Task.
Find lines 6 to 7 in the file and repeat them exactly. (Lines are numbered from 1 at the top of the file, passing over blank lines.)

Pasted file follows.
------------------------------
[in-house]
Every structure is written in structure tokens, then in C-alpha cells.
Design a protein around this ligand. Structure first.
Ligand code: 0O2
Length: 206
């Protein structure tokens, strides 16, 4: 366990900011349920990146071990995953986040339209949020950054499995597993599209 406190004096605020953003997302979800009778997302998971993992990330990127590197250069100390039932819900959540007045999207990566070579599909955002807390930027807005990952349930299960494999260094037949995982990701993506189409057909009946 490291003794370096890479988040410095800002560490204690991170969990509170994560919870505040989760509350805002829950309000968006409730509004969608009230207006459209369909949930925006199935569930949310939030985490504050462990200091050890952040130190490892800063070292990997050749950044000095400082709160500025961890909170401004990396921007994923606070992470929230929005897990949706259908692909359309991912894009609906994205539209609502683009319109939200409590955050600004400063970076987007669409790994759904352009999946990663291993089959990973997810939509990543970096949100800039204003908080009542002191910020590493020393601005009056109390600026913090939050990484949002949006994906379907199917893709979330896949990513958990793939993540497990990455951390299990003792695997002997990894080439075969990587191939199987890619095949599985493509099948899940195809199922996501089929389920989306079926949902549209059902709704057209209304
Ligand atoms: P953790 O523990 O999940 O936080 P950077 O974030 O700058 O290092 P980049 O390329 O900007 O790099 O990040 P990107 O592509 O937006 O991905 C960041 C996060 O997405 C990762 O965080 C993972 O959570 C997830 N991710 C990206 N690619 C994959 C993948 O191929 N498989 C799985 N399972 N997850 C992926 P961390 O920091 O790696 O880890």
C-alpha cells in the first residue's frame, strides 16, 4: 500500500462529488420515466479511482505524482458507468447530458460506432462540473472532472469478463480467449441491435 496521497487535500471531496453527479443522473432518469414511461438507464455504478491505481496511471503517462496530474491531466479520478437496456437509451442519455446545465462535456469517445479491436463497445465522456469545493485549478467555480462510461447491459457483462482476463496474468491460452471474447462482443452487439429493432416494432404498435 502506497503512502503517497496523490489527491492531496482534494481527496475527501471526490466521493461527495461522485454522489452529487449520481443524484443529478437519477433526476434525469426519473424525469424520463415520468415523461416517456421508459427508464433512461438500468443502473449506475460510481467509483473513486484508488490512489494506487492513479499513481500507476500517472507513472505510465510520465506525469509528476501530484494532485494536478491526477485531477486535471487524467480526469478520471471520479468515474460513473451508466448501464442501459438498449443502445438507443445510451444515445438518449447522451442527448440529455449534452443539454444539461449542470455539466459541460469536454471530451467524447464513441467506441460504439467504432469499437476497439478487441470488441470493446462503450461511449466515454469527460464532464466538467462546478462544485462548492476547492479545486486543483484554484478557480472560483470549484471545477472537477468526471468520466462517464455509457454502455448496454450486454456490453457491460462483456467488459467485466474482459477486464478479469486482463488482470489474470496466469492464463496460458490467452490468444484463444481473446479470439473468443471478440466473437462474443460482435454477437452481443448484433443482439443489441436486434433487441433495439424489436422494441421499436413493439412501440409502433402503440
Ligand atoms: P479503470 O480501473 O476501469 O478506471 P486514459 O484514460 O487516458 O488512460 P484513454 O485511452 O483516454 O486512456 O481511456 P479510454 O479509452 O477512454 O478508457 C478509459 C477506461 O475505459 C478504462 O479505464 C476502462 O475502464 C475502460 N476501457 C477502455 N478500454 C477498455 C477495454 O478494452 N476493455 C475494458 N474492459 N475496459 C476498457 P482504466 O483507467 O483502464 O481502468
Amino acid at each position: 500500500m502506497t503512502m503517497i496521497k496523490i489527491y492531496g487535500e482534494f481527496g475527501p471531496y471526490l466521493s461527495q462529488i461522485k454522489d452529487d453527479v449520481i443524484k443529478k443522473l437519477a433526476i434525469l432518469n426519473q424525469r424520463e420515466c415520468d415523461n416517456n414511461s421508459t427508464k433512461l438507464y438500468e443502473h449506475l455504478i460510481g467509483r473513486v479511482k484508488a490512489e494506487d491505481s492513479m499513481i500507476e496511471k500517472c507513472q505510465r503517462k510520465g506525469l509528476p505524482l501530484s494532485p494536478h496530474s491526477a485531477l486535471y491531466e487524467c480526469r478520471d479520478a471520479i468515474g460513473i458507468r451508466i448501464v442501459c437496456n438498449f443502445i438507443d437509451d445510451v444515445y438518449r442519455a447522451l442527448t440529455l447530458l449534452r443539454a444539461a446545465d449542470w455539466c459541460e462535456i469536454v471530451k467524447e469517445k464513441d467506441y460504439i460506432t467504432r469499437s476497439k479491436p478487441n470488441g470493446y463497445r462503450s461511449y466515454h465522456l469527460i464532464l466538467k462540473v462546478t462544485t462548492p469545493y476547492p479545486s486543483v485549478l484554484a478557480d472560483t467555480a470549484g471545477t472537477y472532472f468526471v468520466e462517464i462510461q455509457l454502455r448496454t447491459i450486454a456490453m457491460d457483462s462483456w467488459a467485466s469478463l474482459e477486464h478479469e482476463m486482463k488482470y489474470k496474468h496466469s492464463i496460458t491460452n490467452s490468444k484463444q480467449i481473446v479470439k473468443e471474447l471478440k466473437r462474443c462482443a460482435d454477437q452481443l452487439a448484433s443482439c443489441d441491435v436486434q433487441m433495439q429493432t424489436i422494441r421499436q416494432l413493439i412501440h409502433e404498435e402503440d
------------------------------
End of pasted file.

């Protein structure tokens, strides 16, 4: 366990900011349920990146071990995953986040339209949020950054499995597993599209 406190004096605020953003997302979800009778997302998971993992990330990127590197250069100390039932819900959540007045999207990566070579599909955002807390930027807005990952349930299960494999260094037949995982990701993506189409057909009946 490291003794370096890479988040410095800002560490204690991170969990509170994560919870505040989760509350805002829950309000968006409730509004969608009230207006459209369909949930925006199935569930949310939030985490504050462990200091050890952040130190490892800063070292990997050749950044000095400082709160500025961890909170401004990396921007994923606070992470929230929005897990949706259908692909359309991912894009609906994205539209609502683009319109939200409590955050600004400063970076987007669409790994759904352009999946990663291993089959990973997810939509990543970096949100800039204003908080009542002191910020590493020393601005009056109390600026913090939050990484949002949006994906379907199917893709979330896949990513958990793939993540497990990455951390299990003792695997002997990894080439075969990587191939199987890619095949599985493509099948899940195809199922996501089929389920989306079926949902549209059902709704057209209304
Ligand atoms: P953790 O523990 O999940 O936080 P950077 O974030 O700058 O290092 P980049 O390329 O900007 O790099 O990040 P990107 O592509 O937006 O991905 C960041 C996060 O997405 C990762 O965080 C993972 O959570 C997830 N991710 C990206 N690619 C994959 C993948 O191929 N498989 C799985 N399972 N997850 C992926 P961390 O920091 O790696 O880890």